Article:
Apologies if this ends up as a bit of a rant but … actually, no, I make no apologies for this at all. I realise that I am in a very lucky position, getting to see 3 or more gigs every week (some for the price of a few thousand words and some paid for) and still I love music in it’s truest, purest form – live. Sure, many of these are bands I know but many I am going along for the first time with little or no preconceptions. Come on, the last year has seen me be declared a prog fan (The Reasoning, Touchstone, Von Hertzen Brothers to name just three) and now it appears I am becoming a metal-head … who knew? Oh yeah, back to my point, when was the last time you tried something new, something different musically … just because you could and because, to paraphrase George Mallory, it was there? Ah but David, you scream, you’re talking spherical objects – it’s too expensive. Really? Compared with what? Starsucks coffee at about £5 a cup (and once you’ve drank it, sure you might experience it again on it’s exit but really that’s it … gone). One unexpected trip to your local music venue, pay £5 to see a real band, with real instruments, singing their own songs (no, not covers that no one else plays – like Sex on bloody Fire, Comfortably bloody Numb, Wishing bloody Well, etc) and you might just get completely smitten and fall in love with you new, favouritest band in the world, EVER!
Which brings me nicely to Secret Lie. Fighting a battle that was always going to be difficult, this plucky band of Portugese musos arrived in sunny (ha!) Bolton. Now I reckon you could write the names of famous bands from Portugal on the back of a postage stamp, with a six inch paint brush – but since when did country of origin signify good or bad? As ever, those fabulous people at The Railway had done more than probably any venue, anywhere and promoted the gig far and wide, including a spread in The Bolton News that was, for once, ahead of the show (their advertising tag line really should be “Yesterdays news … tomorrow!”) and Secret Lie videos played in the weeks building up to the day and then it was show night. The videos (and, it has to be added, their album) presented a very poppy, somewhat folky band with a sound that wouldn’t be out of place on Radio 2 – grown up, mature, high quality but nothing out of the ordinary.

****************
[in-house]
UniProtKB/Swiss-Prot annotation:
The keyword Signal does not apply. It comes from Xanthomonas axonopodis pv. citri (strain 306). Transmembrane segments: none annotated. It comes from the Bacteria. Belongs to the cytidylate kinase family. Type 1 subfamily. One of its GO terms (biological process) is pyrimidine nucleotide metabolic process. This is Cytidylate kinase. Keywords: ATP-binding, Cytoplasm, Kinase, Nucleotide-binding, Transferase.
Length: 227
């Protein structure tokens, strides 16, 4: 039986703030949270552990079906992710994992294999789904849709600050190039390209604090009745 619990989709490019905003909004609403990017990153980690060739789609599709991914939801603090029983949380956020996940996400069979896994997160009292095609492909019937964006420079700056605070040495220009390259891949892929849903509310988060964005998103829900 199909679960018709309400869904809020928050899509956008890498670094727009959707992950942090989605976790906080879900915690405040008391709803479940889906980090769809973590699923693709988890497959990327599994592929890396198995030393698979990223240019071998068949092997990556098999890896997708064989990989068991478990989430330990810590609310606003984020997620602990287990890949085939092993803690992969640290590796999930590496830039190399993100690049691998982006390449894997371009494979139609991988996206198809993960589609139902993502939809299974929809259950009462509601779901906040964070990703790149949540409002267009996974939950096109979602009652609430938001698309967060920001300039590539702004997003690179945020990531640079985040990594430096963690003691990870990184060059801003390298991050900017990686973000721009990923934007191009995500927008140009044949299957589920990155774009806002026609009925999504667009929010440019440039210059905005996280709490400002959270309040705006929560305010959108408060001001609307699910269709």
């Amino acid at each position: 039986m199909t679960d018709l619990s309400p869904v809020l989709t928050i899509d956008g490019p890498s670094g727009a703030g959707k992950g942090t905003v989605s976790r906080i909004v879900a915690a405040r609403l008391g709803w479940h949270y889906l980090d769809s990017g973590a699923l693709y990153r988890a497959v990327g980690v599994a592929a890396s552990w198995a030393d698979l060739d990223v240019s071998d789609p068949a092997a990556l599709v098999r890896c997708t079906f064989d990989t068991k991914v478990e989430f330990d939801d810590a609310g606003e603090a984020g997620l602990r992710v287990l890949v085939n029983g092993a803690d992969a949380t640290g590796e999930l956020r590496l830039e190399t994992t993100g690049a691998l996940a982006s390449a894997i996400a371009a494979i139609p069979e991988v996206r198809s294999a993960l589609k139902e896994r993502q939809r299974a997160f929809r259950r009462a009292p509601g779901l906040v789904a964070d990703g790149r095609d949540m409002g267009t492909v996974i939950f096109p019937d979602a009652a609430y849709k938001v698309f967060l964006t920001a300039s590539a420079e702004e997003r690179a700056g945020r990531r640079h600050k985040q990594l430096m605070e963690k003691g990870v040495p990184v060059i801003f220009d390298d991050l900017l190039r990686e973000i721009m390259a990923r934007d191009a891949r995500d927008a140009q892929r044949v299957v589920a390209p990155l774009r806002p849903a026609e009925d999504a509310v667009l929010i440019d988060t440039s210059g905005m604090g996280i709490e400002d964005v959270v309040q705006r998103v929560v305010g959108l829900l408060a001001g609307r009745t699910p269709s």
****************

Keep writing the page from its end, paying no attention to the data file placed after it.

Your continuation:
Their set started and that was when I realised that, live, this really could be one of my new favouritest bands. Hard, powerful and technically great guitar work blended with electric violin and great female vocals. Added in a bit of male co-vocals (a touch of Evanescence, possibly?) on a couple of tracks and generally sonic awesomeness that filled the room and the very small crowd with delight. There really was something for everyone with this set (including a cover of “Creep” – one of only two occasions when I’ve enjoyed a Radiohead song!), blending elements of Nightwish/Within Temptation with Bluehorses and many others. What I witnessed was, without question, a rock band and a truly fabulous one at that. Quality musicians, fantastic songs – all MUCH more hard rocking than on their album (an album that hit the Top 20 in Portugal!) which is a shame because the album does not, in my mind, do them any justice. It did however, get radio play in their homeland – apparently Portugese radio will play nothing with loud guitars. If we’re not careful, the UK might get like that too.
£5 (FIVE!) … that’s all. Venues like The Railway work very hard to bring the world’s best music to us and what do we do? We say “Never heard of them! Let’s go for a coffee instead … and then we’ll download some music for free.” If we do not support the bands (new and old) and, more importantly, the venues we will be fed an homogenised, mush of bland nothingness from TV reality shows – the aural equivalent of baby food. Me? I prefer Michelin star, grown up food.
Come on people, support the scene. make a vow to try a live show by a band that you aren’t too aware of every month (or even week if you can) …. then, like me, you can have a new favouritest band such as Secret Lie. They were, to quote a Mr Hanson of this parish, “GENIUS!”
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